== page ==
HAACK: There are many, many excellent battle maps out there, which most people, even map readers, can’t understand, and they don’t need to understand, right? We don’t need to know where so-and-so stopped and tied his shoe on the way to the left oblique or whatever. [laughs] But the Civil War buffs need to know that. That’s what the difference is. I ran into a lot of pushback from Civil War people because I didn’t want to have maps that looked like that. I wanted maps that would just briefly tell the big picture and move on. If somebody wanted to know where a particular regiment was, there are tons of maps other places. They don’t need it in the brochure map or even in an exhibit map that way. There are tons of places they can find that.

Map showing events of the Battle of Fredericksburg, December 13, 1862
Map showing events of the Battle of Fredericksburg, December 13, 1862


So, the whole thing was, once again, simplify, simplify. Our late great publications historian, Ray Baker, was excellent at summing up all—he knew all the little details, but he could sum up the big picture better than a lot of parks could, and that’s what led me to realize you could make a very simple map, what we would call multiples, small multiples or series of maps showing change over time, and it would be a snapshot of that time. The only way to really show battle action is with animation, and we couldn’t do that in a brochure. The films do a great job of that. That’s where you show what happened in the battle, because you really show the troops moving back and forth.

The other thing they didn’t like is I didn’t use all the traditional battle symbols. I used arrows, but there are lots of crazy rectangles with slashes through them and things that meant things to people who knew the code, and even putting a legend wasn’t good enough. We found out really early that people read the width of the line as the number of troops, even if you didn’t intend that, so we were very careful after that to not show—sometimes you show a wide base because they were coming from a big area. Well, they read that as many more people.

JONES: Haack is credited with really driving this movement toward a more visitor-centered approach to cartography in the park service. With designing maps to help regular people navigate the sites they were visiting – which was challenging, since, for years, Haack wasn’t sent to the sites she was mapping.

HAACK: I didn’t go to parks for a long time. It was awful. I made maps of these places without going to the parks for the Park Service. I’d been to a lot of them on my own time. So that was another issue that to be a visitor advocate was really difficult when I was never a visitor [laughter].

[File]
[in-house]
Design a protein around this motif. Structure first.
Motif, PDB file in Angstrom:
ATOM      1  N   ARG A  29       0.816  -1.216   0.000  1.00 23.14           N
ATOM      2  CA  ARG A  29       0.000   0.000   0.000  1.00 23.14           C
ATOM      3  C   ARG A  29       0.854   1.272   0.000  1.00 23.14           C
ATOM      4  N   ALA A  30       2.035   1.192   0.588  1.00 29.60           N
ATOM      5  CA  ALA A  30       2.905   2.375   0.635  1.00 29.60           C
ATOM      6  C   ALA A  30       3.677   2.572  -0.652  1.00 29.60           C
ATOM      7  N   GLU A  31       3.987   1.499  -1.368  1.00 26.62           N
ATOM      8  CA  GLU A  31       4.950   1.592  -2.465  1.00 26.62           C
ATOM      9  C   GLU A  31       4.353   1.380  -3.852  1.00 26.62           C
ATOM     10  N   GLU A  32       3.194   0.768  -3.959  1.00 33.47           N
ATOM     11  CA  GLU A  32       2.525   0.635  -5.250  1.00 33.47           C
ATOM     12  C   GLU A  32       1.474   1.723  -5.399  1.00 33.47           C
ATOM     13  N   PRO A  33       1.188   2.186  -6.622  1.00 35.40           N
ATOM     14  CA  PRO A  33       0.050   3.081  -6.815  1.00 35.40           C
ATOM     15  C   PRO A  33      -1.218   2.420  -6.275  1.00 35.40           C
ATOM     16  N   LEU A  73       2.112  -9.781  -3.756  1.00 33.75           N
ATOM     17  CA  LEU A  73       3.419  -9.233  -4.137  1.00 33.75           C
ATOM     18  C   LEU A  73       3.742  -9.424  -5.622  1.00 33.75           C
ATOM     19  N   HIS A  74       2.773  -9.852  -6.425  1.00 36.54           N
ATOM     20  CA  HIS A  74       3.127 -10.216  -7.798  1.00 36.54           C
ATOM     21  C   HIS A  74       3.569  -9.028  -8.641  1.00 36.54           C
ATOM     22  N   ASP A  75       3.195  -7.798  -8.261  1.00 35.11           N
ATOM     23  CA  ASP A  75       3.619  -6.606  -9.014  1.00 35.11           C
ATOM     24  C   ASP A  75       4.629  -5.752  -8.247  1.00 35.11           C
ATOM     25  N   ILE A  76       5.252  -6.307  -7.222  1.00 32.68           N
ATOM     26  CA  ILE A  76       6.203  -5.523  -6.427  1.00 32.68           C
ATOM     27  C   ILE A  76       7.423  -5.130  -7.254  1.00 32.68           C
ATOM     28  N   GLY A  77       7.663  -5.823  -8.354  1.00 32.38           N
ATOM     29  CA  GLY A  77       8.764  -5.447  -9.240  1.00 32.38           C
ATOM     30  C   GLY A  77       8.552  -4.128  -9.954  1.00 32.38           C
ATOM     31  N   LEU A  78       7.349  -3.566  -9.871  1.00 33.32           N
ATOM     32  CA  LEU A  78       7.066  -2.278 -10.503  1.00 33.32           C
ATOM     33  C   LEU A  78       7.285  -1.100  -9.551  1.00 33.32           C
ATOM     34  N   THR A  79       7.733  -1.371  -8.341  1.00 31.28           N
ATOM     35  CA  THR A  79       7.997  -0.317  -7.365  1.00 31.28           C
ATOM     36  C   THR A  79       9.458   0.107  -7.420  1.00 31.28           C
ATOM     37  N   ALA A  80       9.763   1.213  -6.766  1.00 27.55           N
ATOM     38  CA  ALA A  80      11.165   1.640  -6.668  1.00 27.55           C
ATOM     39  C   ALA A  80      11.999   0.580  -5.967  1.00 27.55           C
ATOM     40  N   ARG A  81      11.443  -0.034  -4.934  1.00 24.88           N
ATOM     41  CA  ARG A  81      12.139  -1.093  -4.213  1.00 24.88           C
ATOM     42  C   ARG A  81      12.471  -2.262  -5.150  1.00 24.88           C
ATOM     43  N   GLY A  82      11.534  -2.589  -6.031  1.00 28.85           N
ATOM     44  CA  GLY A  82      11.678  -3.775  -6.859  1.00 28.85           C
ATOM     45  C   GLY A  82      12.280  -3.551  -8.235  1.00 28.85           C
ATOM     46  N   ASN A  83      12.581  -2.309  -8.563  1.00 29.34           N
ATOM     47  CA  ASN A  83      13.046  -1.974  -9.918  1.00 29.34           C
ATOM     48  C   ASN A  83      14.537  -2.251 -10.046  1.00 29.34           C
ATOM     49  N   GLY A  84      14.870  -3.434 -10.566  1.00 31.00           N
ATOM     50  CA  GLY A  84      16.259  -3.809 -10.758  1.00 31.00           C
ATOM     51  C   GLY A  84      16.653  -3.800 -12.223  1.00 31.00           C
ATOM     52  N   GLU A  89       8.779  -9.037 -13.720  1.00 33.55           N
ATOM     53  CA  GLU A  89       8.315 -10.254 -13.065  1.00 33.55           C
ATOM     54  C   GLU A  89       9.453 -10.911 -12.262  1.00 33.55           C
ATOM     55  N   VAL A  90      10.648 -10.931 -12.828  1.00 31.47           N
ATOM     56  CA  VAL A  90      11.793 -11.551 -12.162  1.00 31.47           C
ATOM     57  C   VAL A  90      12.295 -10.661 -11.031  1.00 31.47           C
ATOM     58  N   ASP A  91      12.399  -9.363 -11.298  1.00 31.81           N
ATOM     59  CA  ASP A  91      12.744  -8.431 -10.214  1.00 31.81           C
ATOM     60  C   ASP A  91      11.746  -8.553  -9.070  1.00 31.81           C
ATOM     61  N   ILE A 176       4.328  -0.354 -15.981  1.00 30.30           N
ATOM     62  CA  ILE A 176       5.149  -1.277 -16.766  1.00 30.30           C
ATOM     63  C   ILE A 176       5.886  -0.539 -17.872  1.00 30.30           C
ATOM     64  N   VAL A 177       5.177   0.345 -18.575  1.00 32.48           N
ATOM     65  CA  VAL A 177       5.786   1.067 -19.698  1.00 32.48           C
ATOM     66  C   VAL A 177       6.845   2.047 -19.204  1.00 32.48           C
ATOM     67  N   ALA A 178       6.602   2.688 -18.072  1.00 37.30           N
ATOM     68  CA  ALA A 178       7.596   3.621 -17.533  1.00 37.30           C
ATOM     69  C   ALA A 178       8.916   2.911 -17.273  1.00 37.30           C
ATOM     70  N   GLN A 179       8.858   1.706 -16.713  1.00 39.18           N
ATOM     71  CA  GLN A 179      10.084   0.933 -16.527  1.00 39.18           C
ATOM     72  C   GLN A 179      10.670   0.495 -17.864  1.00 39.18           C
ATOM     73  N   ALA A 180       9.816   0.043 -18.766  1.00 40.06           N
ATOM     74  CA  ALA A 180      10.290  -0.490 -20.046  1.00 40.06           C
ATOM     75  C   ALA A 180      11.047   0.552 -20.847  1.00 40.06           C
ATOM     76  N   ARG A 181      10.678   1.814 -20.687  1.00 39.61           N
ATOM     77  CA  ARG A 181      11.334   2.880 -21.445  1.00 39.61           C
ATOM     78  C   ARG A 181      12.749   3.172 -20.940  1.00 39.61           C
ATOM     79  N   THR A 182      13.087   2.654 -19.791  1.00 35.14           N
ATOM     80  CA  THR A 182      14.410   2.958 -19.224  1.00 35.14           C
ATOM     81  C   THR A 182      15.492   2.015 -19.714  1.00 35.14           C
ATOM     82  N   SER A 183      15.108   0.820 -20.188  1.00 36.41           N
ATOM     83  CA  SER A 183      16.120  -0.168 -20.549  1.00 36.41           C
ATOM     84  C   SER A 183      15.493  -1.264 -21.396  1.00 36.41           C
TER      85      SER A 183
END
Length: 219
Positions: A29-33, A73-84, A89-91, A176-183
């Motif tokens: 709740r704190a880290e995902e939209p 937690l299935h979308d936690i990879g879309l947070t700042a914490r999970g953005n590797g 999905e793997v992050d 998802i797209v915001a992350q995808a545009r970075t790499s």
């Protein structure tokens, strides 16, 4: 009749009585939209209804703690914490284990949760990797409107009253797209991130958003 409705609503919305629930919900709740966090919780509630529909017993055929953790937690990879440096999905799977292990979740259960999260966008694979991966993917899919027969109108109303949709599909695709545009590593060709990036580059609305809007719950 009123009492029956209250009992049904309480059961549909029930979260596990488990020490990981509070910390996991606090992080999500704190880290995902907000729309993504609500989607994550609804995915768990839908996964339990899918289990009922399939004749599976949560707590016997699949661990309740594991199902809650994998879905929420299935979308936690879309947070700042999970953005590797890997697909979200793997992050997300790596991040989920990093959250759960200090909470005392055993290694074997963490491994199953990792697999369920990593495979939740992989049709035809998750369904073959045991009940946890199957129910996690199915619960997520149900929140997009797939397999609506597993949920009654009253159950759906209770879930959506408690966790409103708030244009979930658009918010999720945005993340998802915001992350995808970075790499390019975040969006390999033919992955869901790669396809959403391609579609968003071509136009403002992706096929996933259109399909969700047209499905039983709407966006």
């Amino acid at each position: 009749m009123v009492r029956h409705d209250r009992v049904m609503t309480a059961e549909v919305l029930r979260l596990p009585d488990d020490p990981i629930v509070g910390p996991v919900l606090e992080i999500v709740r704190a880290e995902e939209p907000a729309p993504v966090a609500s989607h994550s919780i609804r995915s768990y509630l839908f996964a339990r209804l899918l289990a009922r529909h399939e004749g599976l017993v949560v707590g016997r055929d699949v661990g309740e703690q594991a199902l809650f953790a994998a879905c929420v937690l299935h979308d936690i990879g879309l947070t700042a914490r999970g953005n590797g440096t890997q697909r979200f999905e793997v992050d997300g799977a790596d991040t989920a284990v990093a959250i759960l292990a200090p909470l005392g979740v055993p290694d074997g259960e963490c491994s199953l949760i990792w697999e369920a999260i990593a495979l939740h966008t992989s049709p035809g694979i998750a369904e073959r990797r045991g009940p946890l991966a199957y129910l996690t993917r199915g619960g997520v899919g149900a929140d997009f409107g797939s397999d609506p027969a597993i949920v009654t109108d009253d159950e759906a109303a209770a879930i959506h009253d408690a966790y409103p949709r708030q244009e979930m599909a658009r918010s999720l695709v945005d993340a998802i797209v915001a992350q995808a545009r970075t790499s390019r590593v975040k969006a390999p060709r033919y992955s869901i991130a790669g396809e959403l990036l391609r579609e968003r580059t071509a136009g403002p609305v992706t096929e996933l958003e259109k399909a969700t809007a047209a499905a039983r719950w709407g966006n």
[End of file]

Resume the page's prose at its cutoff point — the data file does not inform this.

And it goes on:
JONES: So how exactly did she design maps of places she’d never visited in a professional capacity?

HAACK: It’s magic. [laughs] No, a lot of research, a lot of research, and we didn’t have the Internet for research, lots of books. The thing that was so great about Ray Baker, this historian I mentioned, is you could go in and ask him any question about anything, not just history, and he’d turn around and get a book off his shelf and give it to you. [laughs] So it was a treasure trove, a treasure trove of information. I’m an information-driven person.

JONES: Eventually, Haack did get to make more site visits—and the parks she visited were better for it.

Three children in life-vests lean over to view an area of a map pointed out by a woman, all aboard a boat.
Discovering Chesapeake history through maps with the Star-Spangled Banner National Historic Trail Stewards Program


HAACK: Well, Mesa Verde is the one that comes to mind--no one could figure out how to leave that park. [laughs] They’d come to these intersections and there’d be a sign to here, a sign to there, but no sign to park exit, no sign to the Visitor Center, no sign to anything. And they [park staff] actually were very grateful—Bill Gorden was the editor out there with me—very grateful to us because Bill and I had traveled quite a bit and cursed out signs everywhere we went, particularly in non-park areas in New England. We thought they [the signs] were sort of like downtown Washington, D.C., how horrible they are. So, Mesa Verde, they took our advice, they changed the signs, and now people can leave. [laughter]

JONES: Nancy Haack retired from the Park Service in 2011. And since then advances in navigational technology have only made the world more accessible. These days, travelers are more likely to turn to their iPhones than print maps. Unless they happen to be visiting a national park, where the scarcity of cell towers means that GPS is less likely to work. For those visitors, Haack is happy to know her print maps will always be available to help them find their way.

HAACK: Yeah. The idea that you are contributing something for these park visitors was important to me, so that kept me going, kept me coming to work.

JONES: This has been “A Sense of Place: Stories of Stewardship from the National Park Service.” I’m your host, Lu Ann Jones. My colleague Betsy Ehrlich and I conducted the interview with Nancy Haack in Purcellville, Virginia, in 2016.

This episode was produced by Emma Courtland and Robin Miniter, with assistance from Marcelino Vialpando, for the National Park Service. Music by Blue Dot Sessions.

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Last updated: August 13, 2021